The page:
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One man's opinion here -- Norman Granz never gets the credit he deserves. I think there were some 
animosities with the self-appointed "experts" and "critics" back in the Verve days, and that might 
have something to do with it. He also didn't write an autobiography (at least that I know of), 
unfortunately. This guy built three distinct and great catalogs of jazz -- 1) the Jazz at the 
Philharmonic live recordings, and the related in-studio jam sessions (first released through Mercury 
and then through Norgran/Verve), 2) the excellent Verve studio recordings of the 50's that continued 
even after Granz sold the label to MGM, 3) and then, out of retirement, the Pablo catalog, which has 
some weak spots but also proves the amazing longevity of some of the jazz greats.

There was a biography of Granz in the works but it was pulled from publication for some reason a 
couple of years ago and seems to be a not-for-soon-release project.

Granz was of course Ella's long-time manager, so in his universe she was the central star. The fact 
that we are discussing her legend and legacy today is partly due to the excellent promotion and 
advise she got from Norman Granz.

Very worthwhile listening are the multi CD sets covering the complete JATP recordings, the complete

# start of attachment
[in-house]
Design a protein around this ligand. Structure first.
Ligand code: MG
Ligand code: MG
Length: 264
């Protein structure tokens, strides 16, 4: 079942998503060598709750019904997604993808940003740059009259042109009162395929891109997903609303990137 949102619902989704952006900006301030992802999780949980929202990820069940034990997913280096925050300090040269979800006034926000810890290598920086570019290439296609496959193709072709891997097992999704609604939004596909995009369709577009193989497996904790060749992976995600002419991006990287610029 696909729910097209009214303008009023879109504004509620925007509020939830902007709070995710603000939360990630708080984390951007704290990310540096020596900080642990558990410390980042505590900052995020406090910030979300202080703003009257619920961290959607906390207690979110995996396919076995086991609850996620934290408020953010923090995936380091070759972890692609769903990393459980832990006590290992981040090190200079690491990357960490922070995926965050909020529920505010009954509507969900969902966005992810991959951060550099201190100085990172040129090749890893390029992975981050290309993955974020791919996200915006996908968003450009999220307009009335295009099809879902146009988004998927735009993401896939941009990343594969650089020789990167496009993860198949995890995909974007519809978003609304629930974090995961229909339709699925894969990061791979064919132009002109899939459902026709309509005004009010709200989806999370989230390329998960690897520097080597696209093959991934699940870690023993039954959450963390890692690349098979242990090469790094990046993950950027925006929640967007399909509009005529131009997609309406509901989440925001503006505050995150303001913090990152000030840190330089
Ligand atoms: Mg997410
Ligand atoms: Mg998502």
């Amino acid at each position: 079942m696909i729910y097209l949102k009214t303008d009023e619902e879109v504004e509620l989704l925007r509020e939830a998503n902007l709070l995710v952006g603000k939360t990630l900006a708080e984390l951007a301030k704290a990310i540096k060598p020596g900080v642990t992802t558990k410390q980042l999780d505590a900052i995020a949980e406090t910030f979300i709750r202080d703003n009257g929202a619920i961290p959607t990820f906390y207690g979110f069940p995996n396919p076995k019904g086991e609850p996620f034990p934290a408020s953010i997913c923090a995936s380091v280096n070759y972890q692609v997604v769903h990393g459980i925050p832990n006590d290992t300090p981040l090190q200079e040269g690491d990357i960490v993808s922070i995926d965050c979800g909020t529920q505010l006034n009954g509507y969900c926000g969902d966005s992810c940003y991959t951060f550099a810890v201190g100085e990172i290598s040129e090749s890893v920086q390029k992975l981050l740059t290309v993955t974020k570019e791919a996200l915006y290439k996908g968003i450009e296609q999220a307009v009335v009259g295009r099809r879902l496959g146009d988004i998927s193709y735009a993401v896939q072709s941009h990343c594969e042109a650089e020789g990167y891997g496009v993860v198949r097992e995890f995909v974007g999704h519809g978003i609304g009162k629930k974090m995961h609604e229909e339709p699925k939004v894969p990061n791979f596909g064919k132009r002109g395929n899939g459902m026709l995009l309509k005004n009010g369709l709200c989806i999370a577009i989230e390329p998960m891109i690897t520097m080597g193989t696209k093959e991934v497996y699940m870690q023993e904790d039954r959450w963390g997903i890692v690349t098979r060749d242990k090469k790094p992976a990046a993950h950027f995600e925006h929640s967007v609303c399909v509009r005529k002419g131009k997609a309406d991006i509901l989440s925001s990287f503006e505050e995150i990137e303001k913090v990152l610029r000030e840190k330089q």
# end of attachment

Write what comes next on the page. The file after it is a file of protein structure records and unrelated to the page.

Norman Granz Jam Session recordings and the 4-CD "The Verve Story."

-- Tom Fine

----- Original Message ----- 
From: "Don Cox" <[log in to unmask]>
To: <[log in to unmask]>
Sent: Tuesday, July 08, 2008 8:03 AM
Subject: Re: [ARSCLIST] Sinatra & Ella: The King and the Queen.


> On 07/07/08, Aaron Levinson wrote:
>> That's so great to hear Bob. I'm not surprised of course just happy
>> that she was acknowledged as such. I think it is important to note as
>> well that she was really the first person to do the "songbook" of a
>> particular composer or team.
>
> We have Norman Granz to thank for that idea - and for a great many
> other outstanding recordings.
>
>> When you got the Ella treatment you knew
>> that at least you're finest work was being immortalized by the zenith
>> of popular singers. Of course, everyone knows her version of Tisket a
>> Tasket which brought her into the spotlight and the duets with Pops
>> which are a special delight all their own but if I may single out a
>> performance that I believe is among the 5 or 10 greatest in the
>> history of recorded sound I urge people to listen to her version of
>> "Miss Otis Regrets". It is certainly not her most famous song but if
>> you are not moved by this extraordinary bit of magic you are simply
>> not alive.
>>
>
>
>
> Regards
> -- 
> Don Cox
> [log in to unmask]
>